Roads worldwide are rapidly becoming heterogeneous with varying vehicle technologies, levels of connectivity, levels of autonomy, levels of access to information, vehicle sizes, etc. A glimpse into strategies for understanding and modeling such traffic conditions may be gained from developing countries where the traffic is heterogeneous with respect to road geometry, vehicles, and driver behavior characteristics. This presentation provides an overview of two studies to draw insights into the driving behavioral phenomena in heterogeneous traffic conditions. The first part of the presentation discusses the development of composition-specific fundamental diagrams and strategies to reduce scatter in the congested branch. The second part of the presentation presents the non-anisotropy phenomena in heterogeneous traffic. These studies provide a more nuanced understanding of driver behavior characteristics for developing better traffic management strategies in heterogeneous traffic conditions.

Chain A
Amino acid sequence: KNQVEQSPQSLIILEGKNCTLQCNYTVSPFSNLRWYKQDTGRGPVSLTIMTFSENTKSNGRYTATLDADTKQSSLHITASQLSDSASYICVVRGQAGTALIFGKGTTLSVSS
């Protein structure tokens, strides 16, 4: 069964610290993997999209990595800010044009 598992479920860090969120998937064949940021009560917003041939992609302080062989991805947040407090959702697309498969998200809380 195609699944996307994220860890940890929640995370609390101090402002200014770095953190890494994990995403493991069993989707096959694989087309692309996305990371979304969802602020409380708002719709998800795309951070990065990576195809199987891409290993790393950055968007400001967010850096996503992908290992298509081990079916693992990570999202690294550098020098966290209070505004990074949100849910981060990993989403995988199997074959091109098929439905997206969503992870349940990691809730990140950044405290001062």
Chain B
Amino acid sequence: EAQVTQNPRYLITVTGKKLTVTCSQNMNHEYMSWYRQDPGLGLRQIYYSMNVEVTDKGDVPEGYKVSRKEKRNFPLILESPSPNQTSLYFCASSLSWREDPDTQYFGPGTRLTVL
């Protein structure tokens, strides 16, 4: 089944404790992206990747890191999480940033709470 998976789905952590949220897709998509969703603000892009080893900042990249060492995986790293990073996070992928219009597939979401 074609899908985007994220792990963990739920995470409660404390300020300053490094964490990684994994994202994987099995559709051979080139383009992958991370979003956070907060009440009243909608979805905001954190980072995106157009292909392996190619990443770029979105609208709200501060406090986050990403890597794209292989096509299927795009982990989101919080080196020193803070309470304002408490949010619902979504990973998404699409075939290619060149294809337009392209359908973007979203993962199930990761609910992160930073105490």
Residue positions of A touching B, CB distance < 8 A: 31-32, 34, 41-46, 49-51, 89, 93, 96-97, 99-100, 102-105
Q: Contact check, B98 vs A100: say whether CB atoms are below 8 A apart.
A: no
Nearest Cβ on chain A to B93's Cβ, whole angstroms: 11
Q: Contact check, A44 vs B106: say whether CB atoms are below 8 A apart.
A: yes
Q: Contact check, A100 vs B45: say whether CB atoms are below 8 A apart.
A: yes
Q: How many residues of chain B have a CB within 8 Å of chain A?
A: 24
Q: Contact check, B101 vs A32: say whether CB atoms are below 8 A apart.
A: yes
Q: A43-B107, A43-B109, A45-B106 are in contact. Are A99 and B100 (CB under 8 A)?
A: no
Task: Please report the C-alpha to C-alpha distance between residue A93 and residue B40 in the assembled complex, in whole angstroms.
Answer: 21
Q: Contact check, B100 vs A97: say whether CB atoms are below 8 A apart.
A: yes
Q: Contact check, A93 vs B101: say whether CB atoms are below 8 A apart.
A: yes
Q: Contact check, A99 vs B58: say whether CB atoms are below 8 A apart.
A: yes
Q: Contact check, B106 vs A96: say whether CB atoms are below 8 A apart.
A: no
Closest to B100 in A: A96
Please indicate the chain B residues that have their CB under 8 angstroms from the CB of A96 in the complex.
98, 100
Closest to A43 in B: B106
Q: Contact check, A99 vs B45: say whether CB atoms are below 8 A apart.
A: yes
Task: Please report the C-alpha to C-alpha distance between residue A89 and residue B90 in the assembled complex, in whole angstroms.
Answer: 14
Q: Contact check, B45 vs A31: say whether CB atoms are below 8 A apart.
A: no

Bhargava Chilukuri, PhD, holds a bachelor’s degree from the Indian Institute of Technology Kharagpur, an M.S. from the University of Utah, and a Ph.D. degree from the Georgia Institute of Technology, Atlanta, GA, all specializing in Civil and Environmental Engineering. After his PhD, he worked as a post-doctoral fellow at Georgia Tech. He has several years of experience as a traffic engineer with multiple companies in Utah and Texas and was a registered Professional Engineer in Texas. He currently works as an Associate Professor with the Department of Civil Engineering, Indian Institute of Technology Madras. His research interests include the traffic flow theory of homogenous and heterogeneous traffic, traffic operations, and networks.